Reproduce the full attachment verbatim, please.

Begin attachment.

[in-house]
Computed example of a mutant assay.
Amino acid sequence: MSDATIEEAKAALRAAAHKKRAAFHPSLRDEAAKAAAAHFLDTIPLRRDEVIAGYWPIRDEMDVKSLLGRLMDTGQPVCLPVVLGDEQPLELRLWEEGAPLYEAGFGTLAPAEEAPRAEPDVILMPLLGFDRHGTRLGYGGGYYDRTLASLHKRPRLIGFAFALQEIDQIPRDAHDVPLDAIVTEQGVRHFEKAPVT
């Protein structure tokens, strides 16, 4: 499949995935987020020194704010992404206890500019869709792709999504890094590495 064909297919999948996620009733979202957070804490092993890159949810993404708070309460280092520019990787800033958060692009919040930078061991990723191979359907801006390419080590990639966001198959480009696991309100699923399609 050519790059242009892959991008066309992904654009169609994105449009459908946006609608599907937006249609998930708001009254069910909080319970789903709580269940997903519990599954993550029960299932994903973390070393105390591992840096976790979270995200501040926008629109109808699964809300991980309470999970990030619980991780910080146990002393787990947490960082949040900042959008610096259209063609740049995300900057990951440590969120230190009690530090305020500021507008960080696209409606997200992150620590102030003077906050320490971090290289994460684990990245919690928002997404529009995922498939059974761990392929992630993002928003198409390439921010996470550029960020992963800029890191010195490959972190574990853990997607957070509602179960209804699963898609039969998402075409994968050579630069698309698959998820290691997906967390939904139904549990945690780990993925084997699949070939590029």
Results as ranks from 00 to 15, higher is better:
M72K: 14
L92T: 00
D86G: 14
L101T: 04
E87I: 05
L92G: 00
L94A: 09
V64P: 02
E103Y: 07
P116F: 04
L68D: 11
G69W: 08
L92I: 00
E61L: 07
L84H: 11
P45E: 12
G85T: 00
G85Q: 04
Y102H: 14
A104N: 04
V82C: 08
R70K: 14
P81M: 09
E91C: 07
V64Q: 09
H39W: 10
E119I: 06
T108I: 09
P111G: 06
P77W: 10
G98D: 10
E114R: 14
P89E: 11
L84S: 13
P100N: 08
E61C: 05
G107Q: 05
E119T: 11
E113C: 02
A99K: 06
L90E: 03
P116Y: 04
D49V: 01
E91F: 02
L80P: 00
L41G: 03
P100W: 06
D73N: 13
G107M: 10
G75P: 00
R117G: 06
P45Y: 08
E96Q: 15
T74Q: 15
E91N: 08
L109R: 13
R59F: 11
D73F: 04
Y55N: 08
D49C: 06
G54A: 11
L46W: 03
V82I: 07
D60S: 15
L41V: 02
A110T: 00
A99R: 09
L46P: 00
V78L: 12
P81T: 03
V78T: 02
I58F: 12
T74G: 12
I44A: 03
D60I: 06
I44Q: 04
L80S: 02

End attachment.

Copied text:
[in-house]
Computed example of a mutant assay.
Amino acid sequence: MSDATIEEAKAALRAAAHKKRAAFHPSLRDEAAKAAAAHFLDTIPLRRDEVIAGYWPIRDEMDVKSLLGRLMDTGQPVCLPVVLGDEQPLELRLWEEGAPLYEAGFGTLAPAEEAPRAEPDVILMPLLGFDRHGTRLGYGGGYYDRTLASLHKRPRLIGFAFALQEIDQIPRDAHDVPLDAIVTEQGVRHFEKAPVT
């Protein structure tokens, strides 16, 4: 499949995935987020020194704010992404206890500019869709792709999504890094590495 064909297919999948996620009733979202957070804490092993890159949810993404708070309460280092520019990787800033958060692009919040930078061991990723191979359907801006390419080590990639966001198959480009696991309100699923399609 050519790059242009892959991008066309992904654009169609994105449009459908946006609608599907937006249609998930708001009254069910909080319970789903709580269940997903519990599954993550029960299932994903973390070393105390591992840096976790979270995200501040926008629109109808699964809300991980309470999970990030619980991780910080146990002393787990947490960082949040900042959008610096259209063609740049995300900057990951440590969120230190009690530090305020500021507008960080696209409606997200992150620590102030003077906050320490971090290289994460684990990245919690928002997404529009995922498939059974761990392929992630993002928003198409390439921010996470550029960020992963800029890191010195490959972190574990853990997607957070509602179960209804699963898609039969998402075409994968050579630069698309698959998820290691997906967390939904139904549990945690780990993925084997699949070939590029």
Results as ranks from 00 to 15, higher is better:
M72K: 14
L92T: 00
D86G: 14
L101T: 04
E87I: 05
L92G: 00
L94A: 09
V64P: 02
E103Y: 07
P116F: 04
L68D: 11
G69W: 08
L92I: 00
E61L: 07
L84H: 11
P45E: 12
G85T: 00
G85Q: 04
Y102H: 14
A104N: 04
V82C: 08
R70K: 14
P81M: 09
E91C: 07
V64Q: 09
H39W: 10
E119I: 06
T108I: 09
P111G: 06
P77W: 10
G98D: 10
E114R: 14
P89E: 11
L84S: 13
P100N: 08
E61C: 05
G107Q: 05
E119T: 11
E113C: 02
A99K: 06
L90E: 03
P116Y: 04
D49V: 01
E91F: 02
L80P: 00
L41G: 03
P100W: 06
D73N: 13
G107M: 10
G75P: 00
R117G: 06
P45Y: 08
E96Q: 15
T74Q: 15
E91N: 08
L109R: 13
R59F: 11
D73F: 04
Y55N: 08
D49C: 06
G54A: 11
L46W: 03
V82I: 07
D60S: 15
L41V: 02
A110T: 00
A99R: 09
L46P: 00
V78L: 12
P81T: 03
V78T: 02
I58F: 12
T74G: 12
I44A: 03
D60I: 06
I44Q: 04
L80S: 02